Tanaya Meaders, Georgia Baptist Mission Board Health & Wellness consultant, demonstrates an alternative with Executive Director Thomas Hammond to the standard church greeting handshake.
DULUTH — Georgia Baptist Executive Director W. Thomas Hammond, Jr., recently joined Health & Wellness consultant Tanaya Meaders in a video outlining steps to help prevent COVID-19 from entering churches.
Churches, like other gathering places, are locales where the illness is known to spread. Acknowledging that there is no foolproof way to keep COVID-19 from affecting a congregation, the two discussed the basics of keeping the likelihood to a minimum.
Unfamiliarity with an illness contributes to the fear surrounding it. Meaders, a registered nurse, pointed out that coronavirus’ presence has been known of for decades.
“Coronavirus is not new. It’s a group of viruses that has been established since the 1950s and … COVID-19 … is a new strand. … So in good preparation, not panic, the best thing to do is to avoid people who have the coronavirus.”
At the time of the video, 13 states had reported cases of COVID-19. But, Meaders pointed out, 80% of those cases were judged to be “mild.”
On Monday, the same day Georgia Baptist leaders held a meeting to discuss the illness, Governor Brian Kemp organized a press conference announcing that two cases of coronavirus had been diagnosed in Georgia. Yesterday a third case of coronavirus in the state was confirmed in a patient receiving treatment at Floyd Medical Center in Rome.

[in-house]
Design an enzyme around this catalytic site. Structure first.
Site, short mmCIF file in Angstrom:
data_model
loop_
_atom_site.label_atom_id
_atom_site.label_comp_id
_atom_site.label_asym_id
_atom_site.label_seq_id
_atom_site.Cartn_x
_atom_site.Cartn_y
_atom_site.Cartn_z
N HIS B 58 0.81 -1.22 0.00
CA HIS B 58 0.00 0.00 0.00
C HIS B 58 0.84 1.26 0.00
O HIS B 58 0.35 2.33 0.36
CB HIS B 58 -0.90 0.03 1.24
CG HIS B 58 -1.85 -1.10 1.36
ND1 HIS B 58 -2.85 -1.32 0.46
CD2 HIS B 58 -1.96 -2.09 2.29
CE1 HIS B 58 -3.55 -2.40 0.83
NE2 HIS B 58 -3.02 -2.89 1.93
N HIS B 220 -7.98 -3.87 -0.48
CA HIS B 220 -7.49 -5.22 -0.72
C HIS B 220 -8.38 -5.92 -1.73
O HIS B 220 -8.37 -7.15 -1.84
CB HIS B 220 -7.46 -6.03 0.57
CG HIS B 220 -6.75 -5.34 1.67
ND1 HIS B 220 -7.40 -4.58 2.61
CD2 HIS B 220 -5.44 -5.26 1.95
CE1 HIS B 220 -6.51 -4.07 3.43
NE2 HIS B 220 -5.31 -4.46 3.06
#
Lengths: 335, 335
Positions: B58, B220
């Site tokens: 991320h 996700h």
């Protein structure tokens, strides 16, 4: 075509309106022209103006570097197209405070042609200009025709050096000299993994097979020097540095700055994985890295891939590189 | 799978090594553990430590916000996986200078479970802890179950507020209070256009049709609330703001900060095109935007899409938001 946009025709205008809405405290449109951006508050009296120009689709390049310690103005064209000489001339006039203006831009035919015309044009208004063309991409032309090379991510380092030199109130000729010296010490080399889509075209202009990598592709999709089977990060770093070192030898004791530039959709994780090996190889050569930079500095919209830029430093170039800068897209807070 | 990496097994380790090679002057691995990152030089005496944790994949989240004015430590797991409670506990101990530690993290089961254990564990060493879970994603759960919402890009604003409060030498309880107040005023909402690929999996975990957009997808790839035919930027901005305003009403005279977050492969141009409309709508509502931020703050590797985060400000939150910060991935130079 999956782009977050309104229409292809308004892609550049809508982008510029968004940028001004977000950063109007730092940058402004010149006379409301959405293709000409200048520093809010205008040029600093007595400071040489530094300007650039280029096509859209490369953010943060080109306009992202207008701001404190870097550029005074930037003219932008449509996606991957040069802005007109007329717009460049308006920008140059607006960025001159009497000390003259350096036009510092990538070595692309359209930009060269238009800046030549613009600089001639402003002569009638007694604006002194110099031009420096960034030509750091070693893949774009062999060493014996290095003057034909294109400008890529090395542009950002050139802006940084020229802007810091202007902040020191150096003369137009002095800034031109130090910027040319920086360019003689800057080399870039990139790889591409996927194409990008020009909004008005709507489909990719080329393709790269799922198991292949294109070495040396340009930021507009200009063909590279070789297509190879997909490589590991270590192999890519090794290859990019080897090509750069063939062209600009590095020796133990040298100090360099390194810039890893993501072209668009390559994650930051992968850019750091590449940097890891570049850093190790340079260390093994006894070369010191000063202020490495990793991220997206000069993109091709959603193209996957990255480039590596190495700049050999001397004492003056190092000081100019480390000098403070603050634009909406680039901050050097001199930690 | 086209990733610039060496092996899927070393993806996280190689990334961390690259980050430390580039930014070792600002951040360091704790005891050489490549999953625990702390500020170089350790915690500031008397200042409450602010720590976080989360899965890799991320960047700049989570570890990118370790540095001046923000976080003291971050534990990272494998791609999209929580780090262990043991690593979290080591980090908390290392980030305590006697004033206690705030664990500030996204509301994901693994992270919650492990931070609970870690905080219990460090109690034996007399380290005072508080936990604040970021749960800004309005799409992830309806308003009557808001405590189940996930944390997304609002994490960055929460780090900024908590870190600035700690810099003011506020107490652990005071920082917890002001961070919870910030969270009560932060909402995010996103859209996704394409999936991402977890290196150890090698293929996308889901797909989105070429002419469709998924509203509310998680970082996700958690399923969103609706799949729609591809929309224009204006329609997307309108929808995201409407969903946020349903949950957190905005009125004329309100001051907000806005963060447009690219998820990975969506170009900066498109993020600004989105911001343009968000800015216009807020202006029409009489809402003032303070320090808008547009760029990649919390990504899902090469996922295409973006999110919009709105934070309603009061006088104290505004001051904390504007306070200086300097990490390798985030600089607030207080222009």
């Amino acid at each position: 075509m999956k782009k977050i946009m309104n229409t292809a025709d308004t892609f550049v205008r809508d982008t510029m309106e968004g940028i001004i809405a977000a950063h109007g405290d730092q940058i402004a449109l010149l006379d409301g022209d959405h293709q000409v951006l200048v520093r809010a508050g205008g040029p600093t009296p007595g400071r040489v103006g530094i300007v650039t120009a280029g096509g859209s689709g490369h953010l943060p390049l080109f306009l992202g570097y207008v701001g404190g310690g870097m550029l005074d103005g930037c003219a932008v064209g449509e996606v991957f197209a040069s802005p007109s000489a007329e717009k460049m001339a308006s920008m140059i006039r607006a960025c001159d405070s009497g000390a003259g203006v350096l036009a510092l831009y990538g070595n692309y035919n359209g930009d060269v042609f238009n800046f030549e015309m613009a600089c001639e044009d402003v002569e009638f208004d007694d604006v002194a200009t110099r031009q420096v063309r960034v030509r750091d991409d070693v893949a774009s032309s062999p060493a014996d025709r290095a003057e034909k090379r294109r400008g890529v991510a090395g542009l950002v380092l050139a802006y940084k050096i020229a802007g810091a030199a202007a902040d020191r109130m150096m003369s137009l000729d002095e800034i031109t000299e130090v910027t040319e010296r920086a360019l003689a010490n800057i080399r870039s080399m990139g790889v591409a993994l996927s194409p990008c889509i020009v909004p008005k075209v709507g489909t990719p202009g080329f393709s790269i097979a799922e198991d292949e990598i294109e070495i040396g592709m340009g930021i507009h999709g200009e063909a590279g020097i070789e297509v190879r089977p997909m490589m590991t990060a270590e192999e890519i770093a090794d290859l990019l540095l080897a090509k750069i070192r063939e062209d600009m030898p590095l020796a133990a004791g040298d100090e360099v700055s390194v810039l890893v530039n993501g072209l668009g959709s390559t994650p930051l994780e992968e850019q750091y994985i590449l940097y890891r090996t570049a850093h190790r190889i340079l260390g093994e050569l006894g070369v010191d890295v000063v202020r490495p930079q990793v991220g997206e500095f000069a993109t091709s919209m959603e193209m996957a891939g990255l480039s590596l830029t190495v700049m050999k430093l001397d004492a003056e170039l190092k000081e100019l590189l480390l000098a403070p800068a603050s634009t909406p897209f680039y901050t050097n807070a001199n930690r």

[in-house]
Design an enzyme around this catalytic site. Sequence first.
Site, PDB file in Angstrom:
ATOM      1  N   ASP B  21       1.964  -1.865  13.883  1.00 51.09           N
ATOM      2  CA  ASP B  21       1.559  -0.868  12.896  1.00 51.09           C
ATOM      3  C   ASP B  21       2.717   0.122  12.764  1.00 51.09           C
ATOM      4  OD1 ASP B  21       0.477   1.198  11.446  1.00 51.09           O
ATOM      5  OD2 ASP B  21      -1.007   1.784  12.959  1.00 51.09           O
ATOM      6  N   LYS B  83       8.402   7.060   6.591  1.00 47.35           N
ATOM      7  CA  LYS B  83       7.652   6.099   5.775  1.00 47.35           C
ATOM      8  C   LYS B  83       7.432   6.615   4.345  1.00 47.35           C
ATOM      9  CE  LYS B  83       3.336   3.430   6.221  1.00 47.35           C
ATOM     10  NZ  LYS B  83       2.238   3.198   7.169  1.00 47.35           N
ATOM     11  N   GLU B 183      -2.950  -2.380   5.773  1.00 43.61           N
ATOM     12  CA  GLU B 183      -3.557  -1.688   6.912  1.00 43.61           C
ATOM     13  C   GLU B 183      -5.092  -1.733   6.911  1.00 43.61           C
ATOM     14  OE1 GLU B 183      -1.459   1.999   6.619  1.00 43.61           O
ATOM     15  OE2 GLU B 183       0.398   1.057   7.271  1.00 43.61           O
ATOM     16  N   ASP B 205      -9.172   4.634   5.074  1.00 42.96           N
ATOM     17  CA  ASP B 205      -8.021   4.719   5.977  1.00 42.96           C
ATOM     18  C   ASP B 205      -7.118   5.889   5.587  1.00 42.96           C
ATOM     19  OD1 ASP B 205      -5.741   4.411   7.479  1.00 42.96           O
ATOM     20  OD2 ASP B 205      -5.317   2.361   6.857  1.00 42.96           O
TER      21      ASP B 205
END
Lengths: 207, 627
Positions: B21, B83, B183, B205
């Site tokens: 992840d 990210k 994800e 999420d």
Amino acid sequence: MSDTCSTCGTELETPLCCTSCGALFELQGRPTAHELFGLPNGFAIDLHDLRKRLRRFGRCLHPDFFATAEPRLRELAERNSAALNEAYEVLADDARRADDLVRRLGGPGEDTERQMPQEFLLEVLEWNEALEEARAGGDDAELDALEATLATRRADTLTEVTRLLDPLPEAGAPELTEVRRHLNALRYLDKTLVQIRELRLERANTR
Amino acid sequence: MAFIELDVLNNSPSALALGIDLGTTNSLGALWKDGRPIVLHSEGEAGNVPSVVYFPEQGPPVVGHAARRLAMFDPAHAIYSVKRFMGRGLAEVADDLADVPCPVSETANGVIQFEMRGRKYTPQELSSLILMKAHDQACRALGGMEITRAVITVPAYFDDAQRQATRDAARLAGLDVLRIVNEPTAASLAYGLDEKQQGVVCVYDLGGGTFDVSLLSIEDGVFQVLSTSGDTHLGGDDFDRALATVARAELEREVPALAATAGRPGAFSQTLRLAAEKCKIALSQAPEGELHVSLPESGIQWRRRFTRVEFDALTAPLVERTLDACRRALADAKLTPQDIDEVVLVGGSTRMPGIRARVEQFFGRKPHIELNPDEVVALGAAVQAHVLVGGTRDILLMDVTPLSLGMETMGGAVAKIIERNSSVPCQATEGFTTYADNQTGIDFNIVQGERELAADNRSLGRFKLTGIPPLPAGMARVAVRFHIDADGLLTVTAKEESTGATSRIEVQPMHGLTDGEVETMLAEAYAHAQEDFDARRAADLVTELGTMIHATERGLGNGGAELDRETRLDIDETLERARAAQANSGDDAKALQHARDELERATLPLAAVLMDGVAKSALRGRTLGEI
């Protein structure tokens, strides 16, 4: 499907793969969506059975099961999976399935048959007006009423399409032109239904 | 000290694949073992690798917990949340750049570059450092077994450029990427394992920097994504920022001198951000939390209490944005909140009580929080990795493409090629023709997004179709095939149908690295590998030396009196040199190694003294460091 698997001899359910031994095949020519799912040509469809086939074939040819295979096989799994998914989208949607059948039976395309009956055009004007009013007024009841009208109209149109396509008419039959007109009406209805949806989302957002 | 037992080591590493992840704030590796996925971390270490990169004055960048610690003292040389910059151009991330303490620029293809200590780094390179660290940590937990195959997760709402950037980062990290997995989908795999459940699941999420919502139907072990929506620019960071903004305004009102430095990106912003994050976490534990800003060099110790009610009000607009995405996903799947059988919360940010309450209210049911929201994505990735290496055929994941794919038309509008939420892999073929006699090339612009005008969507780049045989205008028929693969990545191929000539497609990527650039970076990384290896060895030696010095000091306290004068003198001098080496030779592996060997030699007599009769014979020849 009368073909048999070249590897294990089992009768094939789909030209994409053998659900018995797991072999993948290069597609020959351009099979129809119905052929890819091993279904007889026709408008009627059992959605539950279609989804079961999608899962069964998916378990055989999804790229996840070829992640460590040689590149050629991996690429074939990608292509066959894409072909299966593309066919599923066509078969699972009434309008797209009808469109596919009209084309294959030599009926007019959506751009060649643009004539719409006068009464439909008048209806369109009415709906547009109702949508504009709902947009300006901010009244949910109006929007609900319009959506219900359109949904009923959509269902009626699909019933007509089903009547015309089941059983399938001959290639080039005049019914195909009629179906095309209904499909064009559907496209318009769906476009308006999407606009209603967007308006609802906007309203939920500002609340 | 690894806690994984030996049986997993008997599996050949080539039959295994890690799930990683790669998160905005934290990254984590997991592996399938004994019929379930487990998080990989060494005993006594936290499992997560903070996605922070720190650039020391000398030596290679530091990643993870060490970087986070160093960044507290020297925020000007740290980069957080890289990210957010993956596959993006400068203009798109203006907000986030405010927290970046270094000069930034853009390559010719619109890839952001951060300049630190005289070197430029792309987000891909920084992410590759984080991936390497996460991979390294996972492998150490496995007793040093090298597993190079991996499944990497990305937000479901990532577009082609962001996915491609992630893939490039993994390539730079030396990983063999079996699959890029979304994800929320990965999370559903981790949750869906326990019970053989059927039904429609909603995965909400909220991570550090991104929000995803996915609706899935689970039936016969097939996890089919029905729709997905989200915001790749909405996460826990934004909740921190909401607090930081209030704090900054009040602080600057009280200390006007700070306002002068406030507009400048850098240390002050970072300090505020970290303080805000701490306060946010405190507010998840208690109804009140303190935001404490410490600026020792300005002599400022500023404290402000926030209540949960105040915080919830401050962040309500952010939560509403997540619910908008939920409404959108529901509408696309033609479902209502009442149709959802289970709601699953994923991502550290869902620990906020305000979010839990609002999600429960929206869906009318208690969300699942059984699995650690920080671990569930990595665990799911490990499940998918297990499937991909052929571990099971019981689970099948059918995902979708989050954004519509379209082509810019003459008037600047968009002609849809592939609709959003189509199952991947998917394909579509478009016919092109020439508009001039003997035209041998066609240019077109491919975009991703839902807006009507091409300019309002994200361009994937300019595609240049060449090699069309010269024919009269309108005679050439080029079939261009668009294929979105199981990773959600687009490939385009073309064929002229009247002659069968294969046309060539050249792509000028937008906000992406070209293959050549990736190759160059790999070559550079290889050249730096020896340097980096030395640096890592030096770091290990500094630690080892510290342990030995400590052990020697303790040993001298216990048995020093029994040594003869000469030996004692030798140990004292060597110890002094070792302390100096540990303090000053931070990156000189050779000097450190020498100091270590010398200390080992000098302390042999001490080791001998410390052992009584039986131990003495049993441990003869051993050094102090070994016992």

President Donald Trump, after initial reports of its cancellation, apparently will visit the Center for Disease Control and Prevention in Atlanta this afternoon to speak with leaders on the matter. Earlier today the President signed an $8.3 billion emergency coronavirus spending package to fight the spread.
Common steps for prevention, good news for children’s ministries
While headlines concerning COVID-19 can be scary, Meaders said the most effective ways to defend against it boil down to common practices.
“It really should not affect your social interaction, [just] bring awareness to you on good hand hygiene and normal infectious disease universal precautions,” she stated. Examples include throwing away tissues after usage and washing your hands with soap and water for 20 seconds. If soap and water aren’t available, utilize a hand sanitizer with at least 70% alcohol.
There’s nothing wrong with avoiding the traditional handshake, she noted. Substitute a fist bump, elbow bump, or even a wave. Stay up-to-date by accessing the CDC’s latest information at CDC.gov/covid19 for more guidelines, including group events churches may be hosting.
The most readily available highway for viruses, Meaders added, are our hands. On average, people touch their faces 15-23 times per hour. It’s important to be cognizant of items one constantly touches such as smartphones. On devices such as those, bacteria can live for up to 72 hours. Moreover, wearing a facemask while healthy only increases your chance to contract a virus, as the area around your nose and mouth gets uncommonly moist.
Children’s ministry areas have the reputation as active little playgrounds for illness. But Meaders added that with good hygiene practices still in play, it’s important to note that children who have been diagnosed with COVID-19 have been handling it “beautiful.”
Click below to see the full video.